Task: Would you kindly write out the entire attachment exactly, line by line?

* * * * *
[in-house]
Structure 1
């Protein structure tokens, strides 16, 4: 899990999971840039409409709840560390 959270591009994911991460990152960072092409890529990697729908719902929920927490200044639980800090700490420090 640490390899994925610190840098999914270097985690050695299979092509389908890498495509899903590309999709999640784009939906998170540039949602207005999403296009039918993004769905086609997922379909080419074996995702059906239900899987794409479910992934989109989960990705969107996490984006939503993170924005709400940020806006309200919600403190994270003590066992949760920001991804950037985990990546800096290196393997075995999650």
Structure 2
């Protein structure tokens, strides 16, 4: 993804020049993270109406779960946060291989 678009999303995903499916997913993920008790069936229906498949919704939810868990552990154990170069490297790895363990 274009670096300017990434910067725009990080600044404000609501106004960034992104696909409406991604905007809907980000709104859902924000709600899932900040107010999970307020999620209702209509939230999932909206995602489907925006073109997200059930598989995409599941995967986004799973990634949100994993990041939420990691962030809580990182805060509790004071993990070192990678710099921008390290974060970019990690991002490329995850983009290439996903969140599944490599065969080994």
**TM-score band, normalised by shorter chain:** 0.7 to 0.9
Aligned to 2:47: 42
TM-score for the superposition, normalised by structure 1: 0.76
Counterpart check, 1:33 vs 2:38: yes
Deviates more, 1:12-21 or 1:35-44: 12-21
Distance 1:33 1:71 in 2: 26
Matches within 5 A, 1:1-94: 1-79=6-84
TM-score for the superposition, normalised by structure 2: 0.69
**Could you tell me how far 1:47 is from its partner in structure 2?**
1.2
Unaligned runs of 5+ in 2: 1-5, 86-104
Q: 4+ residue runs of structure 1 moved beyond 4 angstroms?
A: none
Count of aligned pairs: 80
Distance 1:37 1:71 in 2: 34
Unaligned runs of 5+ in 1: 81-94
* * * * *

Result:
[in-house]
Structure 1
């Protein structure tokens, strides 16, 4: 899990999971840039409409709840560390 959270591009994911991460990152960072092409890529990697729908719902929920927490200044639980800090700490420090 640490390899994925610190840098999914270097985690050695299979092509389908890498495509899903590309999709999640784009939906998170540039949602207005999403296009039918993004769905086609997922379909080419074996995702059906239900899987794409479910992934989109989960990705969107996490984006939503993170924005709400940020806006309200919600403190994270003590066992949760920001991804950037985990990546800096290196393997075995999650």
Structure 2
């Protein structure tokens, strides 16, 4: 993804020049993270109406779960946060291989 678009999303995903499916997913993920008790069936229906498949919704939810868990552990154990170069490297790895363990 274009670096300017990434910067725009990080600044404000609501106004960034992104696909409406991604905007809907980000709104859902924000709600899932900040107010999970307020999620209702209509939230999932909206995602489907925006073109997200059930598989995409599941995967986004799973990634949100994993990041939420990691962030809580990182805060509790004071993990070192990678710099921008390290974060970019990690991002490329995850983009290439996903969140599944490599065969080994």
**TM-score band, normalised by shorter chain:** 0.7 to 0.9
Aligned to 2:47: 42
TM-score for the superposition, normalised by structure 1: 0.76
Counterpart check, 1:33 vs 2:38: yes
Deviates more, 1:12-21 or 1:35-44: 12-21
Distance 1:33 1:71 in 2: 26
Matches within 5 A, 1:1-94: 1-79=6-84
TM-score for the superposition, normalised by structure 2: 0.69
**Could you tell me how far 1:47 is from its partner in structure 2?**
1.2
Unaligned runs of 5+ in 2: 1-5, 86-104
Q: 4+ residue runs of structure 1 moved beyond 4 angstroms?
A: none
Count of aligned pairs: 80
Distance 1:37 1:71 in 2: 34
Unaligned runs of 5+ in 1: 81-94